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Working on a program that takes a CSV file and splits on each ",". The issue I have is there are thousand separators in some of the numbers. In the CSV file, the numbers render correctly. When viewed as a text document, they are shown like below:


In a CSV file, there are four cells, with the values "Dog", "Cat", "100,000", "Fish". When I split on the "," to an array of strings, it contains 5 elements, when what I want is 4. Anyone know a way to work around this?


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Who generates that CSV file? Do you have control over that? – HABJAN Apr 4 '11 at 16:36
It comes from a third party, I just used dummy names for confidentiality. – Teknos Apr 4 '11 at 16:44
Be careful with lists of comma separated integers like "34,35,36,37". While an attempt to parse that into an integer will fail, an attempt to parse it into a floating point value will succeed, and you'll end up with something like 3.435363E+07. The float parser in .NET allows thousands separators and doesn't seem to care whether they're correctly positioned or not. – Triynko Mar 21 '12 at 20:35

8 Answers 8

There are two common mistakes made when reading csv code: using a split() function and using regular expressions. Both approaches are wrong, in that they are prone to corner cases such as yours and slower than they could be.

Instead, use a dedicated parser such as Microsoft.VisualBasic.TextFieldParser, CodeProject's FastCSV or Linq2csv, or my own implemention here on Stack Overflow.

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+1 Use the right tool for the job. – Jim Mischel Apr 4 '11 at 18:55
The backtracking that occurs for a Regex when a condition fails guarantees that it will require additional logic checks in the alternative conditions that would not be necessary in a more straightforward implementation, which could fail immediately when an unexpected character is encountered. A very simple Regex can be crafted to quickly parse a valid CSV file correctly; however, problems arise because it will also match invalid CSV data without extra checks, particularly because the backtracking to check alternatives behaves more like an "or" when it needs to behave more like an "if/else". – Triynko Mar 22 '12 at 18:39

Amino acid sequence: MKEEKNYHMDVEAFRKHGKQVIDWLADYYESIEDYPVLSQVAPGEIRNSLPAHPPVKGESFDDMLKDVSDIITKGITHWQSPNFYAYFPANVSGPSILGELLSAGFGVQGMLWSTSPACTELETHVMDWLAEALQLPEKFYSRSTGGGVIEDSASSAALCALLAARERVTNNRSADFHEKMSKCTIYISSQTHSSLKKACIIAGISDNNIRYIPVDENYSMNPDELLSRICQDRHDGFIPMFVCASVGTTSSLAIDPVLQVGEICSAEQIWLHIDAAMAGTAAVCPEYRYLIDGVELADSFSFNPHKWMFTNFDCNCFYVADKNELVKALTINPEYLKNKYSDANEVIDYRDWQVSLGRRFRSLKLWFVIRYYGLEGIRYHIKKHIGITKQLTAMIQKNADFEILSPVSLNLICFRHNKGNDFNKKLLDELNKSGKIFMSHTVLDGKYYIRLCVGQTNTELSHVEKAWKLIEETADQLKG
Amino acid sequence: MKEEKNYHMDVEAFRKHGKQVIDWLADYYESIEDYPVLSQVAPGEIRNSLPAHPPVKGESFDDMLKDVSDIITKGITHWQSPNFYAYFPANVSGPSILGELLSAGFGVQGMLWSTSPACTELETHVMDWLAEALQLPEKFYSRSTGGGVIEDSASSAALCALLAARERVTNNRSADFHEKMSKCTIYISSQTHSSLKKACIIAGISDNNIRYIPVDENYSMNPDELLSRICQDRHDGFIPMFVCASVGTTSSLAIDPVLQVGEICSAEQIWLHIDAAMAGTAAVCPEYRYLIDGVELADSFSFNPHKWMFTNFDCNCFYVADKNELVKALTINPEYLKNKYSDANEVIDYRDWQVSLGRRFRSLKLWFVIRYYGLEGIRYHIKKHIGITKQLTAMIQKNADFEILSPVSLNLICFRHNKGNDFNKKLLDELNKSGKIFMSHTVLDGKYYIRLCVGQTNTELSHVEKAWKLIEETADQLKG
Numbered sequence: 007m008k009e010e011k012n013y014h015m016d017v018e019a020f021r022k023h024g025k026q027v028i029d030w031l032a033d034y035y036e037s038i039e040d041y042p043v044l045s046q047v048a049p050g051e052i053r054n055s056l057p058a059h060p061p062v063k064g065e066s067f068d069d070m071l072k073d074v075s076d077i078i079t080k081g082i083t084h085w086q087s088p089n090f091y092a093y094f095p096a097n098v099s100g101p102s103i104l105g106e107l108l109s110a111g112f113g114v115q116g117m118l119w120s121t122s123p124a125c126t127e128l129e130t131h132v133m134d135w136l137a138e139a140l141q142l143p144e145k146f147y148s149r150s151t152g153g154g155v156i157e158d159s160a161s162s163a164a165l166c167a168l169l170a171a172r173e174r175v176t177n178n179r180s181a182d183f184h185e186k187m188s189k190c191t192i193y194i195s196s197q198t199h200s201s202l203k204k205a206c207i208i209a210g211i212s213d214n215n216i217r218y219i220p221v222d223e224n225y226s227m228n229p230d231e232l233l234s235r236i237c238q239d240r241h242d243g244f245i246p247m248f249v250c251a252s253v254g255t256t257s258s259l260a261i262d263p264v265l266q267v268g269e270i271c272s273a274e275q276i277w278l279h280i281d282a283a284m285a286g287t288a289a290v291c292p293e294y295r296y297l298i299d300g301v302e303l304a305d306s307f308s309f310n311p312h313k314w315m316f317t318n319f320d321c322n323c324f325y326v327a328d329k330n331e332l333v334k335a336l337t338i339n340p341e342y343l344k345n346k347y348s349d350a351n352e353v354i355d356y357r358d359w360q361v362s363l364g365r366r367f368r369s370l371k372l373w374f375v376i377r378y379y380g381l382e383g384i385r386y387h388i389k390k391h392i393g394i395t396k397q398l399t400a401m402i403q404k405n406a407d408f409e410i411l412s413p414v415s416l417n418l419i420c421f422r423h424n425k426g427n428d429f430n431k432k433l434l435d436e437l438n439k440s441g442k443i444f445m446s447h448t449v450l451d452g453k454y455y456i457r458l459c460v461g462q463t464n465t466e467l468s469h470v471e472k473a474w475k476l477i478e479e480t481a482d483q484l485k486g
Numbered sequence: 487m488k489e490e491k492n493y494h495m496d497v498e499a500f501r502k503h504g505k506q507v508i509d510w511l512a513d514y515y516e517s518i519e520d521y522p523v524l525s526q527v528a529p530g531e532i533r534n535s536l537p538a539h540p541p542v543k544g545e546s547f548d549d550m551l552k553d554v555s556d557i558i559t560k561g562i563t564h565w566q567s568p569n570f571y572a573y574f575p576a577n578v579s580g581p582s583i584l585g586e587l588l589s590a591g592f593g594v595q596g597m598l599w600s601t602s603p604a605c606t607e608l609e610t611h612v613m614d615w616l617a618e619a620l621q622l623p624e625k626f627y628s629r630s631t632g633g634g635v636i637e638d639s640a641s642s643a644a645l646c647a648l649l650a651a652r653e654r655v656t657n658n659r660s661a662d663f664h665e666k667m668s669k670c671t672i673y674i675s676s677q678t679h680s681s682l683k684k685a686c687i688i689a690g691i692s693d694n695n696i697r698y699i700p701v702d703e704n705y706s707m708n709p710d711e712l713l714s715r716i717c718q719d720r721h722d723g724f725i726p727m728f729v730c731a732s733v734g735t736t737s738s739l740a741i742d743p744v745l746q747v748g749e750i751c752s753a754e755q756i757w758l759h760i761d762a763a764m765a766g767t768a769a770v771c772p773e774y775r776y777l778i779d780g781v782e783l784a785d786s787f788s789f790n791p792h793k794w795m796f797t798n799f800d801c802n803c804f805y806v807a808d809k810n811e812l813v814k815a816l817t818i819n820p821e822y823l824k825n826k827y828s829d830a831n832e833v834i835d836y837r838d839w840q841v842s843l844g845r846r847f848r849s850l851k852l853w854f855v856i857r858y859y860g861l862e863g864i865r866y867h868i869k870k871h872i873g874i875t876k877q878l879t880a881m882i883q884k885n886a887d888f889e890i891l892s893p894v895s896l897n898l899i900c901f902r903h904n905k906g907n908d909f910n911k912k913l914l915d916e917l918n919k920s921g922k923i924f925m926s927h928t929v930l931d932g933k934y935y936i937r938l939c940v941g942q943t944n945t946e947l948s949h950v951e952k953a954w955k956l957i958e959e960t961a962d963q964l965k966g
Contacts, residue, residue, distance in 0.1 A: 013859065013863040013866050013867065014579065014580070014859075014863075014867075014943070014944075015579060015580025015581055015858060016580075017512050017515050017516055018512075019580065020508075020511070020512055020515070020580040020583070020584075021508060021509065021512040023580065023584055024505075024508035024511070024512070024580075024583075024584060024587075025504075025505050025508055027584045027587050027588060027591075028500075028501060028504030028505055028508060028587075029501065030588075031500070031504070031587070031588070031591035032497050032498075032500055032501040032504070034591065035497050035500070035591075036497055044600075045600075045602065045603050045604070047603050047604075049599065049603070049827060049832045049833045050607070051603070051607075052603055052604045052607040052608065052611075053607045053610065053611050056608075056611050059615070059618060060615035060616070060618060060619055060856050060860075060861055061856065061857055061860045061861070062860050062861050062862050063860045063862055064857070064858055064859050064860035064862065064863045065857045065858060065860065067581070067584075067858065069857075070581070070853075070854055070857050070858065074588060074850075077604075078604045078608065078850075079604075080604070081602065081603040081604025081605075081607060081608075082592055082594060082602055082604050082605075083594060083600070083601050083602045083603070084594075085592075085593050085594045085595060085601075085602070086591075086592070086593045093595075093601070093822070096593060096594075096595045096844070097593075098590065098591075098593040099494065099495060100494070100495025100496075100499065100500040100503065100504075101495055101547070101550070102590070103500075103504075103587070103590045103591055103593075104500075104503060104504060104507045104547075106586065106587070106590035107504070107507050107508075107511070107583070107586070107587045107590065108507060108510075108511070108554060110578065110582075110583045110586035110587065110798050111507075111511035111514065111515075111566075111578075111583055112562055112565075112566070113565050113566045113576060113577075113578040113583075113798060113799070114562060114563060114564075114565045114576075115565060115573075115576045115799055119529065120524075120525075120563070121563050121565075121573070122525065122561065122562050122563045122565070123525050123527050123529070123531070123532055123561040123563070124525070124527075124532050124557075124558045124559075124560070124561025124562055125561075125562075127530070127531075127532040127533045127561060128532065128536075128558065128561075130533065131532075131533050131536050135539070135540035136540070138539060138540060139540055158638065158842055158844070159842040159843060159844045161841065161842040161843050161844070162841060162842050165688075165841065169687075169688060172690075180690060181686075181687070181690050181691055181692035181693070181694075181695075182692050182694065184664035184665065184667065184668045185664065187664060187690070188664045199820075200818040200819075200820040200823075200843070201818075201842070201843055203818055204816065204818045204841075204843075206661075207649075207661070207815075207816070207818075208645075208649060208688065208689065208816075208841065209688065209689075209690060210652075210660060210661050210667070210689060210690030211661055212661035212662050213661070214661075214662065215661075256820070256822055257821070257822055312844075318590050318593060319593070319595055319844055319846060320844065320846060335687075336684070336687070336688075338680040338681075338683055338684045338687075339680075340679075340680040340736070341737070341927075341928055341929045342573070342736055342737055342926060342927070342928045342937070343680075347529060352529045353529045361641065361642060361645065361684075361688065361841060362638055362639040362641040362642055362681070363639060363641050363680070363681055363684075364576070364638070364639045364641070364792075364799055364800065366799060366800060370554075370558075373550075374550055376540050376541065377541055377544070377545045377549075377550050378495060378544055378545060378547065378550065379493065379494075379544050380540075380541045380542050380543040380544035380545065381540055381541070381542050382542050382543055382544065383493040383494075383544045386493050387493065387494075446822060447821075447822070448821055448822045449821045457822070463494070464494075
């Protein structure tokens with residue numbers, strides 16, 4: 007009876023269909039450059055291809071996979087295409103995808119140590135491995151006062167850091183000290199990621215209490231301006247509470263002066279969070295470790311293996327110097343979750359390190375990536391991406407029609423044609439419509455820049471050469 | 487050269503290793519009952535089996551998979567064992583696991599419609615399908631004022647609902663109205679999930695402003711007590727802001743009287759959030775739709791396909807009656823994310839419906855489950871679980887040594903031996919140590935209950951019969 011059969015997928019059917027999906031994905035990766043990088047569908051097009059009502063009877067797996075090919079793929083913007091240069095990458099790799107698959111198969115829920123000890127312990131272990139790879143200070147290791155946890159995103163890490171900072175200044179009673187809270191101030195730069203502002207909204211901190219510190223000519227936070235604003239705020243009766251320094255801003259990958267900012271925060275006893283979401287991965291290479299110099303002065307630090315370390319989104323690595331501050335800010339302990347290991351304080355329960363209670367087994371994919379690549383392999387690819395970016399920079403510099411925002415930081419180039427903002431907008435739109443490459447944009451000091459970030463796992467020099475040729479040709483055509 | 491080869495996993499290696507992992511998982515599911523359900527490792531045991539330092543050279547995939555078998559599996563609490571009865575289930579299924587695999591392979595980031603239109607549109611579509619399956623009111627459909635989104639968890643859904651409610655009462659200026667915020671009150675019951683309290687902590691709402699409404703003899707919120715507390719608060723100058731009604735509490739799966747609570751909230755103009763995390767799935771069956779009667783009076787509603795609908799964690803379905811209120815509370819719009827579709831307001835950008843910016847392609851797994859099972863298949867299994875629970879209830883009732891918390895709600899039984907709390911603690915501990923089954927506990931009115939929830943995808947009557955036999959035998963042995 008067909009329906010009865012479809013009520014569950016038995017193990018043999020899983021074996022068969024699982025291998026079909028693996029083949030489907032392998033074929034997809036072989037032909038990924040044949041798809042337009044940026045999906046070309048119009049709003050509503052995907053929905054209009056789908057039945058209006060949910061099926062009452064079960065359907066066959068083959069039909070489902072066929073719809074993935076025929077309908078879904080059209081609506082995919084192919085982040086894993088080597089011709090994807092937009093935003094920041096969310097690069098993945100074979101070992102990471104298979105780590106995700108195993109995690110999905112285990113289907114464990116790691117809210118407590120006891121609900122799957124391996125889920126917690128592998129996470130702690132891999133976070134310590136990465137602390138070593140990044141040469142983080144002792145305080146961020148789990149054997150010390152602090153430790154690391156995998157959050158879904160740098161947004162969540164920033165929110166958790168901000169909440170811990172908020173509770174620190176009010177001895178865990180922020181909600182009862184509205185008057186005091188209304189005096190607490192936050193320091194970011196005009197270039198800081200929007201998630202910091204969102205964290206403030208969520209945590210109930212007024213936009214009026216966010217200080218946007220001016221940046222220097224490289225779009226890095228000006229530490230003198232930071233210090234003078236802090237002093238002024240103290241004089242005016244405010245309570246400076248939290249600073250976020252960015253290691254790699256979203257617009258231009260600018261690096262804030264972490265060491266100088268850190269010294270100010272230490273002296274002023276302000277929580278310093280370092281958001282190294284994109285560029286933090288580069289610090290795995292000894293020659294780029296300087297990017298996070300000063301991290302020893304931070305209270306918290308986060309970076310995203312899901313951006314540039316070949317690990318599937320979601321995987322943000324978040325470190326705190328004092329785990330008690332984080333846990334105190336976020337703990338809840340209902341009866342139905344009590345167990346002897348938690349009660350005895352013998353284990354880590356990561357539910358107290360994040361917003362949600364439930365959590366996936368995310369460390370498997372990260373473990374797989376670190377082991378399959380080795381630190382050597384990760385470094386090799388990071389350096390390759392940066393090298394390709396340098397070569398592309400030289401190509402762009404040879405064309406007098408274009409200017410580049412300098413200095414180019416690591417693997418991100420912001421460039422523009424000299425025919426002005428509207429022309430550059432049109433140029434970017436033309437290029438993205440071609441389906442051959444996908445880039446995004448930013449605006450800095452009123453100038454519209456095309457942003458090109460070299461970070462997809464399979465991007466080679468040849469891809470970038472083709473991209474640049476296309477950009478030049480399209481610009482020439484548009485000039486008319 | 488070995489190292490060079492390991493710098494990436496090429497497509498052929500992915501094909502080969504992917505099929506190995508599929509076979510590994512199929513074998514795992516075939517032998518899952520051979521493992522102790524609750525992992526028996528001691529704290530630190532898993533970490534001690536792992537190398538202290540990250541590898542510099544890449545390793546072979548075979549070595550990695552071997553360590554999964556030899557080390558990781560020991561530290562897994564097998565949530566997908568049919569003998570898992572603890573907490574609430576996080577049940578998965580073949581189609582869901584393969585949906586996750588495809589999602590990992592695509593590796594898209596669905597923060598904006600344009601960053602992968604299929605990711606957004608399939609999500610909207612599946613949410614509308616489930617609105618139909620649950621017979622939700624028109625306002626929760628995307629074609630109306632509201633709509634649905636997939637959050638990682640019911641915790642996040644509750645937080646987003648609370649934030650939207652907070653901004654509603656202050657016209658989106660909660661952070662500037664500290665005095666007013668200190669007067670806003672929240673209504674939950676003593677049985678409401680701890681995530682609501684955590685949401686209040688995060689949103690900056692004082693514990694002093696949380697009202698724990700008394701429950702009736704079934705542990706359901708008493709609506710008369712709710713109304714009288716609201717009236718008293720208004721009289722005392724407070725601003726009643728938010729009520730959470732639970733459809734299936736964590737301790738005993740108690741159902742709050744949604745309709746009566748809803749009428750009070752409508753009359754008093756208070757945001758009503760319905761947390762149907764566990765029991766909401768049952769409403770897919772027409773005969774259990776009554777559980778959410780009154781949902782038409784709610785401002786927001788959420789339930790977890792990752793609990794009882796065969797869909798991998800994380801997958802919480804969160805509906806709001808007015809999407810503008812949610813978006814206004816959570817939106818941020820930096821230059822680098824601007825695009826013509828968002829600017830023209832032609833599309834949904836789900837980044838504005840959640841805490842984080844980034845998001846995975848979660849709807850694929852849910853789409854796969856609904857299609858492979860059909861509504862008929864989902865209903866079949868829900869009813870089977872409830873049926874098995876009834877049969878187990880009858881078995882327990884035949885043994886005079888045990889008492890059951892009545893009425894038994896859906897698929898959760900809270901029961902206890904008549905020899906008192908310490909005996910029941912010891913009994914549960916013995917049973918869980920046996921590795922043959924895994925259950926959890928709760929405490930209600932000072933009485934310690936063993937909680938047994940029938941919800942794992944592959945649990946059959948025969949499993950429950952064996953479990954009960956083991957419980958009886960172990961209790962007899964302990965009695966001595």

Typically, CSV files would wrap these elements in quotes, causing your line to be displayed as:


This would parse correctly (if using a reasonable method, ie: the TextFieldParser class or a 3rd party library), and avoid this issue.

I would consider your file as an error case - and would try to correct the issue on the generation side.

That being said, if that is not possible, you will need to have more information about the data structure in the file to correct this. For example, in this case, you know you should have 4 elements - if you find five, you may need to merge back together the 3rd and 4th, since those two represent the only number within the line.

This is not possible in a general case, however - for example, take the following: